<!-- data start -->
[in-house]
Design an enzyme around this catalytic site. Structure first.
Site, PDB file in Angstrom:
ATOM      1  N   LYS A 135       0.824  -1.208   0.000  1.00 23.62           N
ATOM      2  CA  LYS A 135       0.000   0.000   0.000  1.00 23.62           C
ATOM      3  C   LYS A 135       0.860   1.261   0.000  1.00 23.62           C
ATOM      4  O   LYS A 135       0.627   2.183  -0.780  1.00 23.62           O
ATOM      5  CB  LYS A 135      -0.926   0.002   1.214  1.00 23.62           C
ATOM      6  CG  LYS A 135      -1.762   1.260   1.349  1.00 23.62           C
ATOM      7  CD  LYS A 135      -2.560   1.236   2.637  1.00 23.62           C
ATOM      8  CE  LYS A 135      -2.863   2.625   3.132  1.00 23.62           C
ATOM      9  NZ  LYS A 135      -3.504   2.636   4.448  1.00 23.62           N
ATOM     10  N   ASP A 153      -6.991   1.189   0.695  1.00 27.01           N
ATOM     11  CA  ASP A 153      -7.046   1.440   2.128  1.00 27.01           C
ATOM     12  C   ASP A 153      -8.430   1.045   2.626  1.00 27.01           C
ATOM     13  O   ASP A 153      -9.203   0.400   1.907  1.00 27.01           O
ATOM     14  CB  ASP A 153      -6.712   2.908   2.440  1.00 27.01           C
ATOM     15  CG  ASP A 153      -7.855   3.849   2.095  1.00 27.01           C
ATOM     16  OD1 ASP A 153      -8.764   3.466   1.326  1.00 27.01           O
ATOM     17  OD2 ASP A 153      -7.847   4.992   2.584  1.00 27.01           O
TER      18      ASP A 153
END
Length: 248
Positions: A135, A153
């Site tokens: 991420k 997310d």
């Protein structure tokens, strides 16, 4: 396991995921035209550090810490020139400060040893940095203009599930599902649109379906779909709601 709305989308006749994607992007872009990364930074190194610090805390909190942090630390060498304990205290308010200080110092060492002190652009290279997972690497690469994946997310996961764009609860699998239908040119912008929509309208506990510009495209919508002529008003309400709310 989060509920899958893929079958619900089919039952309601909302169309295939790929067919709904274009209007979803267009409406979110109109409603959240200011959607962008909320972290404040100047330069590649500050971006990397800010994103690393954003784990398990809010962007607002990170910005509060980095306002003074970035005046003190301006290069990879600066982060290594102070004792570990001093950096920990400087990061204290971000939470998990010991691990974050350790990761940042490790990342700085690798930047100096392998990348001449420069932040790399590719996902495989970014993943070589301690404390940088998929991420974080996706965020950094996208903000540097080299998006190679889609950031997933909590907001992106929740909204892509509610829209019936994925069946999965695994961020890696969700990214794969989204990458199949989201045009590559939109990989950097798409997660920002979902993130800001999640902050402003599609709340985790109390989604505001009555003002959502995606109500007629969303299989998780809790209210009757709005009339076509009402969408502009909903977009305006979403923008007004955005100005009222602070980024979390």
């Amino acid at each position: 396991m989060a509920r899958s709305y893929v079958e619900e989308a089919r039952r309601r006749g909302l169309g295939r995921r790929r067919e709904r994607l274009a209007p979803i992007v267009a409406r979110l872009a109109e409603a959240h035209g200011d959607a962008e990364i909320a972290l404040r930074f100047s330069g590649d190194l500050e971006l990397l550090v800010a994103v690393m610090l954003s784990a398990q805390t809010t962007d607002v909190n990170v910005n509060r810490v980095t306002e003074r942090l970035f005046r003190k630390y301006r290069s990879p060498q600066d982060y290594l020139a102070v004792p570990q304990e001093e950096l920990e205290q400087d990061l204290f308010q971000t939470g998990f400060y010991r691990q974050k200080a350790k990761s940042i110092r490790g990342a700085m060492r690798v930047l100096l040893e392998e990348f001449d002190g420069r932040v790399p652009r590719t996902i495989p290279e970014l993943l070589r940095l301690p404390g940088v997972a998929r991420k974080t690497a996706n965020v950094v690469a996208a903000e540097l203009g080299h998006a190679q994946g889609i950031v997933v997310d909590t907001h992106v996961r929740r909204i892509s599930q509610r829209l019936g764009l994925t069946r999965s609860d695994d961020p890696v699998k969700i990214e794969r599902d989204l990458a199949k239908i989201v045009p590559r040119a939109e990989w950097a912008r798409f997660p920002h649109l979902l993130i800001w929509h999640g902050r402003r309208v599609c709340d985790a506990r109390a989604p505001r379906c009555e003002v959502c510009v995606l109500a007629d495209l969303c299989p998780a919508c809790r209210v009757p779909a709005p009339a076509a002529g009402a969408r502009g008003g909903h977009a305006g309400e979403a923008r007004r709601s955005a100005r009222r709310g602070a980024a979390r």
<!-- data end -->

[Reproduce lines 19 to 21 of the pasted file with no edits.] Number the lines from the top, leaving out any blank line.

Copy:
ATOM     16  OD1 ASP A 153      -8.764   3.466   1.326  1.00 27.01           O
ATOM     17  OD2 ASP A 153      -7.847   4.992   2.584  1.00 27.01           O
TER      18      ASP A 153